Joburg Advocacy Group (JAG): May 2011

Sunday, May 22, 2011

JAG Report on the 2011 Local Government Election



JAG has published a report on the 2011 Local Government Election, which includes a summary of national results and detailed information for the residents of Joburg. Click here to access the report.

Tuesday, May 17, 2011

We're Saying "No"

JAG has announced that all of its members will be spoiling their votes in tomorrow's election in protest against the current local government system and the failure of most of the political parties to commit to any form of direct democracy.



Here's why we made the decision:

Firstly, as mentioned above, we're seeing no commitment to moving towards a more accountable, people-centred form of direct democracy amongst the political parties, and little capacity to implement it in Cope, the only party that agreed to sign a social contract with the voters (apart from all Independent Ratepayers' Association of SA-affiliated independents).

Secondly, we feel the local government system itself is deeply flawed and that, without meaningful system change, it doesn't matter who's at the helm. Voting for one party or another would simply be akin to rearranging the deck chairs on the Titanic.

Thirdly, by law, spoilt papers have to be counted and become part of the voting record. They're an established means of registering protest in democracies around the world. A high number of spoilt votes in the upcoming LGE would effectively be a vote of no confidence in the current system of local government, and could be used as a platform to lobby for system change.

Then, many voters have threatened not to vote in the elections and, as part of our direct democracy campaign, we've been encouraging those who're thinking of abstaining to spoil their papers instead. So it isn't just a case of a few isolated people choosing the spoilt vote option - we suspect many voters will either abstain or will spoil their ballot papers.

Next, submitting a spoilt ballot is a valid and acceptable way of exercising one's democratic privilege, although it's obviously a matter of individual choice. It's by no means a meaningless gesture. In fact, if you feel that none of the political parties speak for you - and especially if you don't trust them - it's the only choice.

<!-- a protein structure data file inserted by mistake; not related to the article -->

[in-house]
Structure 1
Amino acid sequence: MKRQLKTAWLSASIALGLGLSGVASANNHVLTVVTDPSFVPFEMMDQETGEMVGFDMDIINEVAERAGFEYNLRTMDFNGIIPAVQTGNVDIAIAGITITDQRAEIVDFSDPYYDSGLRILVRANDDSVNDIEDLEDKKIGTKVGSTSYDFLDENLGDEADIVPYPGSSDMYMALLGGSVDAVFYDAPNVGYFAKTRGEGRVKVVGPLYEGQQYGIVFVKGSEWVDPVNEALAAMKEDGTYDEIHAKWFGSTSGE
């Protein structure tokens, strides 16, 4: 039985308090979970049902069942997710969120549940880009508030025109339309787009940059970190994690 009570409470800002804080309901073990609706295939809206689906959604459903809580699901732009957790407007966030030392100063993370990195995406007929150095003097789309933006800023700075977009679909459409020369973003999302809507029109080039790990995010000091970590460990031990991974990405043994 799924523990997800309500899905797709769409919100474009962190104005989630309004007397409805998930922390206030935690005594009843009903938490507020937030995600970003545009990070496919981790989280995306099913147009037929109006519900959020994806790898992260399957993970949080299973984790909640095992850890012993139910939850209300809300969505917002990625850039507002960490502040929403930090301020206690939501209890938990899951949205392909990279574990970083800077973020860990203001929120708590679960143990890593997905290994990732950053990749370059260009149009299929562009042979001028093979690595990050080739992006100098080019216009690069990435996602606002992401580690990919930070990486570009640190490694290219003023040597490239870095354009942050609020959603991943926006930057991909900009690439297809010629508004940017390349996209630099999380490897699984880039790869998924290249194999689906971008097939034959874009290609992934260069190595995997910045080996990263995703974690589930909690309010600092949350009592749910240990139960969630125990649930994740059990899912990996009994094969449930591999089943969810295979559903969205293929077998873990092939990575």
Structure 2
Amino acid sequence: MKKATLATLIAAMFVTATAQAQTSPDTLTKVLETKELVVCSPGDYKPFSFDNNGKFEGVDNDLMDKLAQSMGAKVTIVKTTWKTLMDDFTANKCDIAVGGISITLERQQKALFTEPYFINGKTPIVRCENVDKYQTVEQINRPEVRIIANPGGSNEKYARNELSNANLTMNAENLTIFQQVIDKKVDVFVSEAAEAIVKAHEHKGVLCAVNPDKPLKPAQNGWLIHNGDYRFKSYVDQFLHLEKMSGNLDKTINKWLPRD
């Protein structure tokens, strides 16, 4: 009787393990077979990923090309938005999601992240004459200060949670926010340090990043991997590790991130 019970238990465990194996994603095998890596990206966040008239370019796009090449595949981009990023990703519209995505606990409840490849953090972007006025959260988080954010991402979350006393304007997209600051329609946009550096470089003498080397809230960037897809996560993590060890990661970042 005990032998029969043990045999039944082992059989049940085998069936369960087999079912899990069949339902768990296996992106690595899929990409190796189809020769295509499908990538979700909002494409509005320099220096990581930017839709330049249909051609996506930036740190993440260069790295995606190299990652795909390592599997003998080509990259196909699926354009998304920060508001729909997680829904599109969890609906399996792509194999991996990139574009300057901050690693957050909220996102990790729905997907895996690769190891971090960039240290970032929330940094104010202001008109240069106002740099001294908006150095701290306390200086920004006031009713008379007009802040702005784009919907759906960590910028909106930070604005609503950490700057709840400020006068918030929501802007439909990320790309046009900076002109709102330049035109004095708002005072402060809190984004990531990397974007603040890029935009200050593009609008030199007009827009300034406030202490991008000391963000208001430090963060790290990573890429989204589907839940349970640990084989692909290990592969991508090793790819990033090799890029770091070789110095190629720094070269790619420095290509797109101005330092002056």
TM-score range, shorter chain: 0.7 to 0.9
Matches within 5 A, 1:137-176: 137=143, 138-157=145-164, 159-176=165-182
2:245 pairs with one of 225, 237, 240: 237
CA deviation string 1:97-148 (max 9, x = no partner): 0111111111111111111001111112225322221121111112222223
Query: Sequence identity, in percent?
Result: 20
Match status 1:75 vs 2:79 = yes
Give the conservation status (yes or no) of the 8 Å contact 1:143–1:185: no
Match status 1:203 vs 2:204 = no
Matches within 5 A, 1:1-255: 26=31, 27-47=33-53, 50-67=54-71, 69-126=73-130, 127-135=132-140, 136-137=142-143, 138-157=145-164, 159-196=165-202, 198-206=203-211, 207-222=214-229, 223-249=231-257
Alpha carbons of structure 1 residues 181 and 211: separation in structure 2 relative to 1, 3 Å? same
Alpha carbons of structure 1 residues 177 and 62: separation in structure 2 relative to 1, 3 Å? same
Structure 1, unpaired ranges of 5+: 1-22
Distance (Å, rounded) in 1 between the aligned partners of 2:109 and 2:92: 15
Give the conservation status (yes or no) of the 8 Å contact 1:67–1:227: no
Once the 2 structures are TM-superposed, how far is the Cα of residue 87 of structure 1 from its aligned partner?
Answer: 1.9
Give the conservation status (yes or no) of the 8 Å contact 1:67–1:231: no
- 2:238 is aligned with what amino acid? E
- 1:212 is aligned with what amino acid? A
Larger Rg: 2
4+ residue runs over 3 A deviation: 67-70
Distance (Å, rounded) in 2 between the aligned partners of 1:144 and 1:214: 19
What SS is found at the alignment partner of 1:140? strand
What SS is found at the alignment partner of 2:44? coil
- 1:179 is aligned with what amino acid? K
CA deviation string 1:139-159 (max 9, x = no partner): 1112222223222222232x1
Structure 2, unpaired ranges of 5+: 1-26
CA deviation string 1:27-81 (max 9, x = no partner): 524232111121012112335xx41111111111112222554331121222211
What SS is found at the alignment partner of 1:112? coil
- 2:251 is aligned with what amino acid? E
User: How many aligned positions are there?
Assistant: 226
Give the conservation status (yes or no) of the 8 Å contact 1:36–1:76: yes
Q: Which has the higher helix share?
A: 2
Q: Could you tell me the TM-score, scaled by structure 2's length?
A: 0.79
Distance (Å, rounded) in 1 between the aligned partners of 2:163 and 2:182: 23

Then, both the ruling party and the official opposition are definitely concerned about the spoilt vote lobby, so this isn't just a case of snapping uselessly at their heels. JAG has come under a lot of pressure from both parties on this issue, and it's notable that party leaders are now actively using the media to urge voters to vote.

Finally, as we've already mentioned, our contention is that, without meaningful system change, it doesn't matter who's "in power" (we prefer the term "in office"). In the currrent system, all political power is mediated through political parties, and we feel elections are more about obtaining and maintaining political power than about public service.

One thing is for sure: voters have little or no say in how the system is run. The only power they have is to vote for candidates who've been selected by the various political parties (and whose members represent only about 5% of the voting population), and then to hand over the keys of government to those parties after the election.

Unless we can begin working towards a new system of direct democracy, nothing will change. Power corrupts and absolute power corrupt absolutely. Without direct citizen oversight of the democratic process, political parties will continue to abuse the power that should be rightfully vested in the hands of the people.

Sometimes exercising one's conscience is about making a symbolic gesture. Many great people far worthier than we have done it in the past. Gandhi's Salt March and Rosa Parks' refusal to give up her seat in the "white" section of a bus during the Civil Rights Campaign in the US are just two cases in point.

So, as best we know how to explain it, that's why we'll be spoiling our ballot papers tomorrow ...

Click here to read an essay entitled TO VOTE OT NOT TO VOTE? - a personal perspective on spoiling one's vote, written by one of JAG's founding members.


Wednesday, May 11, 2011

A Social Contract with the Electorate

JAG sent out the following statement to all network partners, associates, residents' associations and local media yesterday. We feel this is an extremely important development in the move towards a more direct, accountable and people-centred democracy in South Africa:

The Joburg Advocacy Group (JAG) has been running a direct democracy campaign in the run-up to the local government elections on 18 May. As part of this campaign, we approached all of the major political parties and asked them if they would be prepared to have their candidates sign a social contract committing them to the principles of direct democracy and to being directly responsible to the electorate should they be voted into office.

Neither the ruling party nor the official opposition agreed - and nor did the IFP, UDM, AZAPO, ACDP or FF+ - but all COPE and IRASA-affiliated independent candidates have agreed to sign. This is the first time that a political party or political grouping has agreed to make this kind of commitment and we feel it’s a positive move. This might provide voters with the opportunity to begin working towards a new, more accountable and people-centred democracy in South Africa.

We invite you to advise your members/readers/listeners/viewers and any interested and affected parties of this development.

A copy of the contract all COPE candidates have agreed to sign, which is based on the one we developed in association with veteran democracy activist, Jim Powell, can be viewed here.